Three UK men have been charged with drug and slavery offences after the discovery of a huge cannabis grow-op stashed inside a nuclear bomb shelter.

Police say an estimated $1.6 million worth of plants were seized.

The former Ministry of Defence bunker was built in the 1980s to protect local dignitaries and government officials in the event of a nuclear attack.

The underground complex had nearly all of its 20 rooms converted for pot production and the nuclear blast doors remained intact, meaning police were unable to force an entry and had to wait outside until three men left and used their secret keys to get inside.

The three men were charged with conspiring to hold another person in slavery or servitude, abstracting electricity without authority and conspiracy to produce a quantity of cannabis today at Swindon Magistrates’ Court. They were remanded in custody and will next appear March 29.

The operation was staffed by trafficked three Vietnamese teenagers and one adult working in slave-like conditions, police say. They were released from custody without charge after saying they’d been held there against their will.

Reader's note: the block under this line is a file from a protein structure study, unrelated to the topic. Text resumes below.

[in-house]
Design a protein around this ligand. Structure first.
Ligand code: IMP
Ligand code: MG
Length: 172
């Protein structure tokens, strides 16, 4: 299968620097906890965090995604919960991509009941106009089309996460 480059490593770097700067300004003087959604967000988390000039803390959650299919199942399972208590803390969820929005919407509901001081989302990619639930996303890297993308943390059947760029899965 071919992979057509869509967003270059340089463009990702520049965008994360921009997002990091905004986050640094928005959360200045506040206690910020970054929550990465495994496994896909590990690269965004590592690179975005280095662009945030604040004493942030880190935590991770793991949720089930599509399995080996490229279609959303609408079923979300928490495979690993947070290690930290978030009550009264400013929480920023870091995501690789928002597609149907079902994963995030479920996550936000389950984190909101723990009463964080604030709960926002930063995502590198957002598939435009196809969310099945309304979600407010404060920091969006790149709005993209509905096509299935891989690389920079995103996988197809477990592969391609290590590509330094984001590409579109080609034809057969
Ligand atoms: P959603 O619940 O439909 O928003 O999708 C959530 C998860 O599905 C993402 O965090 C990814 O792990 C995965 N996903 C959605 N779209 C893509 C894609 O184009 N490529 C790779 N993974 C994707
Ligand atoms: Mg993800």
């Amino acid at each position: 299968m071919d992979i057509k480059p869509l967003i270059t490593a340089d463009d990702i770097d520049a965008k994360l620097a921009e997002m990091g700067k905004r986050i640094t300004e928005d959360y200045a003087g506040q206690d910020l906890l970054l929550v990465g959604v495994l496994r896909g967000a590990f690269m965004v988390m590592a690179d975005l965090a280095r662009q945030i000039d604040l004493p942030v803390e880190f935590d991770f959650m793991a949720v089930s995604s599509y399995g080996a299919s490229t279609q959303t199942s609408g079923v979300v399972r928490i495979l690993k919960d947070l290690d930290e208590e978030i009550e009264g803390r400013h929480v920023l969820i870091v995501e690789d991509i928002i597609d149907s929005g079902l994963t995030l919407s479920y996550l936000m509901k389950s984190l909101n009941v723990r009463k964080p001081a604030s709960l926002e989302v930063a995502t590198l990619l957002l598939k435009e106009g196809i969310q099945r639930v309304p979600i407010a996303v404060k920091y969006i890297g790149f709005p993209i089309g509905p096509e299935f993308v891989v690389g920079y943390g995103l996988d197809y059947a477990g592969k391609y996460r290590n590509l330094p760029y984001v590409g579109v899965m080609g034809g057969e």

A Wiltshire police spokesperson described the living conditions in the bunker, hidden in the countryside, as “grim for anyone, let alone a 15-year-old.”

The abandoned bunker isn’t the oddest place UK police have discovered illegal grow-ops so far this year. Earlier this month, an operation with 50 mature plants was discovered inside a Legoland theme park.

An otherwise civilized country, England remains an outlier to the growing international acceptance of recreational cannabis use, and the maximum sentence for those caught cultivating plants is up to 14 years in prison and an unlimited fine

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